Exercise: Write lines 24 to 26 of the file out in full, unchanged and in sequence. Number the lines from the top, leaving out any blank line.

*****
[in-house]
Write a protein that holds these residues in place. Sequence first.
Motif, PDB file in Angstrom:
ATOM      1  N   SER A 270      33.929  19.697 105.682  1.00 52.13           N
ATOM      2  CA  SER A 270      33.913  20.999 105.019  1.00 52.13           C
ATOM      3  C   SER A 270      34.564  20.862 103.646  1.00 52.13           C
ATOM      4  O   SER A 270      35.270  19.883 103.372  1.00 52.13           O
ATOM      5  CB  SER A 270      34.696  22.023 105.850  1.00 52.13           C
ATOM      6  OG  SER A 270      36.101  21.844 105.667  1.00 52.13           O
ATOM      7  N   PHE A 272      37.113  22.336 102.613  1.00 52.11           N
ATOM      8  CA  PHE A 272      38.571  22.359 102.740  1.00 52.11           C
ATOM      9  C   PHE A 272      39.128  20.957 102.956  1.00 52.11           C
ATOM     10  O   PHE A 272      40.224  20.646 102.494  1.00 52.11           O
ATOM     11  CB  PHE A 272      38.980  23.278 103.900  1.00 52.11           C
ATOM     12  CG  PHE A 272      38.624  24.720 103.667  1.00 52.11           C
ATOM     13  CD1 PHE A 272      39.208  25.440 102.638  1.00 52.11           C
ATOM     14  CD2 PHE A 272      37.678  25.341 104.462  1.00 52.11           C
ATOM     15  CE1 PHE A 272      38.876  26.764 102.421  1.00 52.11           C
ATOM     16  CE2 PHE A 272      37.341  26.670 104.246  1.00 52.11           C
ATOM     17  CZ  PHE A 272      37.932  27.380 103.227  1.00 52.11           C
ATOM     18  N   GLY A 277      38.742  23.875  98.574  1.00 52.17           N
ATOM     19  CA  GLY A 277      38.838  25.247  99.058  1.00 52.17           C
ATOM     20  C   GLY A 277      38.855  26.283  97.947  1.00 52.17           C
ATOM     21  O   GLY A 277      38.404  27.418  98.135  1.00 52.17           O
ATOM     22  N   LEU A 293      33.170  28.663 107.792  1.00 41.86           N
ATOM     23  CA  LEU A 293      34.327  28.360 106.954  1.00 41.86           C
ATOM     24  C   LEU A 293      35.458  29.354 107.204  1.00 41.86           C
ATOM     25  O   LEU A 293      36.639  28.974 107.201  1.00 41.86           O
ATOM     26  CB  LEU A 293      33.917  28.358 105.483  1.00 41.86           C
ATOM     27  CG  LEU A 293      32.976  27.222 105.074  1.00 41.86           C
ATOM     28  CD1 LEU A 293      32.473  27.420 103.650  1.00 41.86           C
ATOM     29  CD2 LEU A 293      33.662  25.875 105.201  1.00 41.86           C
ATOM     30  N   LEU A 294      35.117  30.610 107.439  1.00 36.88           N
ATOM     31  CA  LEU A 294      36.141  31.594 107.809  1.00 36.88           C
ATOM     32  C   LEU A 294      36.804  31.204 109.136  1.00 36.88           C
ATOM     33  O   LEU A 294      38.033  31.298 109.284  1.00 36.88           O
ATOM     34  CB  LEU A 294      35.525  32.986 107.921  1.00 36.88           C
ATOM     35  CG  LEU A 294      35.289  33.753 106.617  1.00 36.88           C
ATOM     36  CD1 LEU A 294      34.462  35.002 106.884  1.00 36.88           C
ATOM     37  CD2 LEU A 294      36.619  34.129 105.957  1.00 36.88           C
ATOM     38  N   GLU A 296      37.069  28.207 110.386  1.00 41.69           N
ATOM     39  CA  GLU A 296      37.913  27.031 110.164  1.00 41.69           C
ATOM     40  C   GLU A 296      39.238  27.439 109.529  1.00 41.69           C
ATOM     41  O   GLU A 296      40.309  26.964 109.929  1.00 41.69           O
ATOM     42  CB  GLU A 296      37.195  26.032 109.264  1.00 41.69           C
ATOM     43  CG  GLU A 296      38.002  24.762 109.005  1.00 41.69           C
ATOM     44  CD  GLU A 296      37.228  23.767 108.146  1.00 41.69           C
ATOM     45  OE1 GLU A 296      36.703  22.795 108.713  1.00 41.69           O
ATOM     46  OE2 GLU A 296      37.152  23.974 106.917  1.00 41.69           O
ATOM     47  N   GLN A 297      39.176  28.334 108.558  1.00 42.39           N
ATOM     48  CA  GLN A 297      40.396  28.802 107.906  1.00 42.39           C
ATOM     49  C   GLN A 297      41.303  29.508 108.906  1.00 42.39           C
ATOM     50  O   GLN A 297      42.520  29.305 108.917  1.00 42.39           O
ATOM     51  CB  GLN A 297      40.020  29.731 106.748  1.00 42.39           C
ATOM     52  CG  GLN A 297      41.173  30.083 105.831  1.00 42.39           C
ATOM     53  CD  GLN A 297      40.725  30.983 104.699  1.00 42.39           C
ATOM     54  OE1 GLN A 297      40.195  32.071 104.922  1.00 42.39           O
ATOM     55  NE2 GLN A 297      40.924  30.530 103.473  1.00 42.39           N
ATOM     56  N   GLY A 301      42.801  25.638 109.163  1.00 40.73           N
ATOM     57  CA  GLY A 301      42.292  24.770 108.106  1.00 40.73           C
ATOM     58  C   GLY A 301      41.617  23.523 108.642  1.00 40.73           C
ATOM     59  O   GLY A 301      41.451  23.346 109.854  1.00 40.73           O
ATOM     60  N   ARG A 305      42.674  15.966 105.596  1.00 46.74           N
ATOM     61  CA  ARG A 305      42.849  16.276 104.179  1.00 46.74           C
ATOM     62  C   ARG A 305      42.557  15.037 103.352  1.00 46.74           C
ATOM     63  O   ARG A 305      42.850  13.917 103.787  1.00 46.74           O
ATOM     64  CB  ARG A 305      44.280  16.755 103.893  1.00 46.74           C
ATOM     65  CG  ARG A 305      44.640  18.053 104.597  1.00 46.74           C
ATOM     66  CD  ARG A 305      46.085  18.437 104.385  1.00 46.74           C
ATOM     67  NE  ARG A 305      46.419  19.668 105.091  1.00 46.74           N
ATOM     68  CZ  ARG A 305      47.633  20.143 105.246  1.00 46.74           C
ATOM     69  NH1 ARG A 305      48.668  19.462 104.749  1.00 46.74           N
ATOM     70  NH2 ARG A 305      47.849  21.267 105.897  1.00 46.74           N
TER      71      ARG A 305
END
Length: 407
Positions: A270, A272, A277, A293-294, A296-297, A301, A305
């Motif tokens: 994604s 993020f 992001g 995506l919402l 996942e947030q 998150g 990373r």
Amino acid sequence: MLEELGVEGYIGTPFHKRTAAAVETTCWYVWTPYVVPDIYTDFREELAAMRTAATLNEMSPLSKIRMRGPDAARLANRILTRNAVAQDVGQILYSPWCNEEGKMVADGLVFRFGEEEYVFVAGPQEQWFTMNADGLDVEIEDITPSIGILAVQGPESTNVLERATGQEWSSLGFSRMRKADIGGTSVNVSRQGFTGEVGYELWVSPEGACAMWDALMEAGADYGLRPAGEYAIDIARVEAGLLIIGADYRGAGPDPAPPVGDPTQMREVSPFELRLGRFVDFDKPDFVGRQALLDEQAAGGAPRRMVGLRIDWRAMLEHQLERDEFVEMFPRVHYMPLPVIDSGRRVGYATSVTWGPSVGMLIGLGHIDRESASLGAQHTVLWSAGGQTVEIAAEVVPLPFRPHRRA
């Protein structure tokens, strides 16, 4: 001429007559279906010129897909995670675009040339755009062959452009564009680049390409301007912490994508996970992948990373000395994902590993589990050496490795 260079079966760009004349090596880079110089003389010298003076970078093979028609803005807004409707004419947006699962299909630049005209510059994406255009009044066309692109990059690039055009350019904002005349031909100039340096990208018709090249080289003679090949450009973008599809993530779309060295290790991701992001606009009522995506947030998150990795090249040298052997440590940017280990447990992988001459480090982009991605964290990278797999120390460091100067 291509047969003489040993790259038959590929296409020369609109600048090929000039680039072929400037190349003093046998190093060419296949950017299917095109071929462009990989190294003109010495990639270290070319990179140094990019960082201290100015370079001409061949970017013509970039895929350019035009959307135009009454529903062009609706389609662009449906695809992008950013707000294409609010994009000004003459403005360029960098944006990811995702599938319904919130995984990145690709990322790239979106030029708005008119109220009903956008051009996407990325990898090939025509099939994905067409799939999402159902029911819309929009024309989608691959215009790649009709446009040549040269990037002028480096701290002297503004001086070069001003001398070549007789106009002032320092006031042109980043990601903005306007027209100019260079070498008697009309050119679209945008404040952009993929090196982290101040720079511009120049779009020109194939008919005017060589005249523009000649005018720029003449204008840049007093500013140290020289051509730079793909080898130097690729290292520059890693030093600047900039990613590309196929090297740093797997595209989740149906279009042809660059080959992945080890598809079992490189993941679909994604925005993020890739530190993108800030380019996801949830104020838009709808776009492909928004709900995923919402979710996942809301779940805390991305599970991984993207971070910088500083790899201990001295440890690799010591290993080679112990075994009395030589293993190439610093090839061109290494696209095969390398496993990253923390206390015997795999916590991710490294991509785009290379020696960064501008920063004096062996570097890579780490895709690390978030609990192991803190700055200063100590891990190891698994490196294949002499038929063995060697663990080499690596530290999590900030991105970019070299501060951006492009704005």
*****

ATOM     21  O   GLY A 277      38.404  27.418  98.135  1.00 52.17           O
ATOM     22  N   LEU A 293      33.170  28.663 107.792  1.00 41.86           N
ATOM     23  CA  LEU A 293      34.327  28.360 106.954  1.00 41.86           C